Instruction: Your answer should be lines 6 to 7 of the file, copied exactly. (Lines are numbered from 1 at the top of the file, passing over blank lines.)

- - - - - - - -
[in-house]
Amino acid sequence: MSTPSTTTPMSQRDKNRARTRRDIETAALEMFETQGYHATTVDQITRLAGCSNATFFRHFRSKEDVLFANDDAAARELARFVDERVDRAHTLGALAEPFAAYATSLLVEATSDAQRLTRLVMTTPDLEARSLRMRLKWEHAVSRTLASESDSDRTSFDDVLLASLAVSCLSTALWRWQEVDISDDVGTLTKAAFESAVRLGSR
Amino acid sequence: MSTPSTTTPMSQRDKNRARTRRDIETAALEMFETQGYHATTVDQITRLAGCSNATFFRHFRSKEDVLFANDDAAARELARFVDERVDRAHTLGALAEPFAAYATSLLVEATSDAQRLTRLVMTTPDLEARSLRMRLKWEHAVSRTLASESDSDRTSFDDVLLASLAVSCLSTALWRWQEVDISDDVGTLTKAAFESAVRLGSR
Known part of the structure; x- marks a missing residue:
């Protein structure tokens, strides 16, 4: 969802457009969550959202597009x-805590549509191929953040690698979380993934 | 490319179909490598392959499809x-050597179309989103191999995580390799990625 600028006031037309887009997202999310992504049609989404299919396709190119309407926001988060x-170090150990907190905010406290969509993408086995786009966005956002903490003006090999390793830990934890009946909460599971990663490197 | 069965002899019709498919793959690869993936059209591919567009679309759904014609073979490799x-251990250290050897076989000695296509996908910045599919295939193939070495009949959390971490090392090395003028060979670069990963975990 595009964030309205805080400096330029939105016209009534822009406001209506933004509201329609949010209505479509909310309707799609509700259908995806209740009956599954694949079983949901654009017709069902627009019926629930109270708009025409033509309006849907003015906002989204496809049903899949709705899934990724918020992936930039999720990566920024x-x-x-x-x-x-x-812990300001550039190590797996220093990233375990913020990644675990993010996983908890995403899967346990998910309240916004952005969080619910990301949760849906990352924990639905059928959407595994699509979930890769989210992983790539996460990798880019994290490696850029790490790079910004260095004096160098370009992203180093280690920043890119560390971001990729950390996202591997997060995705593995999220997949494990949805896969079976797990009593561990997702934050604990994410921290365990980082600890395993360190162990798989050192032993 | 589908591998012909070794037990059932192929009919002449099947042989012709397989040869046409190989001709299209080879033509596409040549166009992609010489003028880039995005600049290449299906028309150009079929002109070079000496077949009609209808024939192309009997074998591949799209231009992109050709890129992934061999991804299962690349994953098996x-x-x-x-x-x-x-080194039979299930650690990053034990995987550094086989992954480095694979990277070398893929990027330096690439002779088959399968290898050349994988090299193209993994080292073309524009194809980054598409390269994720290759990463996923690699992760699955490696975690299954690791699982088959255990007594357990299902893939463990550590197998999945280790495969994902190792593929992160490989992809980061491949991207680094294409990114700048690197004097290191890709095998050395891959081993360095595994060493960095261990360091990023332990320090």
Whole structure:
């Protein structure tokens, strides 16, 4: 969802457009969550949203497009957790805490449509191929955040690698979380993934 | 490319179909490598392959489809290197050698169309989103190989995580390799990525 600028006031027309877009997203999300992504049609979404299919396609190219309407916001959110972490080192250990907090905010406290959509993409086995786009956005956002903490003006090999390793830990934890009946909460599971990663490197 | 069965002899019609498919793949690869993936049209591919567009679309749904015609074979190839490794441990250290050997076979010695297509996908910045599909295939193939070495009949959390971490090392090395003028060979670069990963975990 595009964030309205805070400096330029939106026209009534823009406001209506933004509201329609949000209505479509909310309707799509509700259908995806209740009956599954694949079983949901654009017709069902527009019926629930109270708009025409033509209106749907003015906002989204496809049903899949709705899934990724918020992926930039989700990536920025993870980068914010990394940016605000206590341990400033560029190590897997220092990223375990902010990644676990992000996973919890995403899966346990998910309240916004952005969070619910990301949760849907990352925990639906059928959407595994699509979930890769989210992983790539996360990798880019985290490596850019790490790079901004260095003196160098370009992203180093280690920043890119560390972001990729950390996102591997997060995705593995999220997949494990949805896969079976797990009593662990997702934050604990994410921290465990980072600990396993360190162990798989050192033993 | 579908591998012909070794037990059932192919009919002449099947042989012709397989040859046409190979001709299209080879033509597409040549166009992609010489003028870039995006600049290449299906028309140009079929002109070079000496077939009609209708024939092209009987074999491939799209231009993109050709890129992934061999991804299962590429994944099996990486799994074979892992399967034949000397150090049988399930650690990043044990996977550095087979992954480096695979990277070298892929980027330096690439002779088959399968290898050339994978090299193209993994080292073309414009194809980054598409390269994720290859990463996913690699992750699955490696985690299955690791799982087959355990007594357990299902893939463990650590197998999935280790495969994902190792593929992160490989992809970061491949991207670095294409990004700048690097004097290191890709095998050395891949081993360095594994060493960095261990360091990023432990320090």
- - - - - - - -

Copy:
Whole structure:
């Protein structure tokens, strides 16, 4: 969802457009969550949203497009957790805490449509191929955040690698979380993934 | 490319179909490598392959489809290197050698169309989103190989995580390799990525 600028006031027309877009997203999300992504049609979404299919396609190219309407916001959110972490080192250990907090905010406290959509993409086995786009956005956002903490003006090999390793830990934890009946909460599971990663490197 | 069965002899019609498919793949690869993936049209591919567009679309749904015609074979190839490794441990250290050997076979010695297509996908910045599909295939193939070495009949959390971490090392090395003028060979670069990963975990 595009964030309205805070400096330029939106026209009534823009406001209506933004509201329609949000209505479509909310309707799509509700259908995806209740009956599954694949079983949901654009017709069902527009019926629930109270708009025409033509209106749907003015906002989204496809049903899949709705899934990724918020992926930039989700990536920025993870980068914010990394940016605000206590341990400033560029190590897997220092990223375990902010990644676990992000996973919890995403899966346990998910309240916004952005969070619910990301949760849907990352925990639906059928959407595994699509979930890769989210992983790539996360990798880019985290490596850019790490790079901004260095003196160098370009992203180093280690920043890119560390972001990729950390996102591997997060995705593995999220997949494990949805896969079976797990009593662990997702934050604990994410921290465990980072600990396993360190162990798989050192033993 | 579908591998012909070794037990059932192919009919002449099947042989012709397989040859046409190979001709299209080879033509597409040549166009992609010489003028870039995006600049290449299906028309140009079929002109070079000496077939009609209708024939092209009987074999491939799209231009993109050709890129992934061999991804299962590429994944099996990486799994074979892992399967034949000397150090049988399930650690990043044990996977550095087979992954480096695979990277070298892929980027330096690439002779088959399968290898050339994978090299193209993994080292073309414009194809980054598409390269994720290859990463996913690699992750699955490696985690299955690791799982087959355990007594357990299902893939463990650590197998999935280790495969994902190792593929992160490989992809970061491949991207670095294409990004700048690097004097290191890709095998050395891949081993360095594994060493960095261990360091990023432990320090």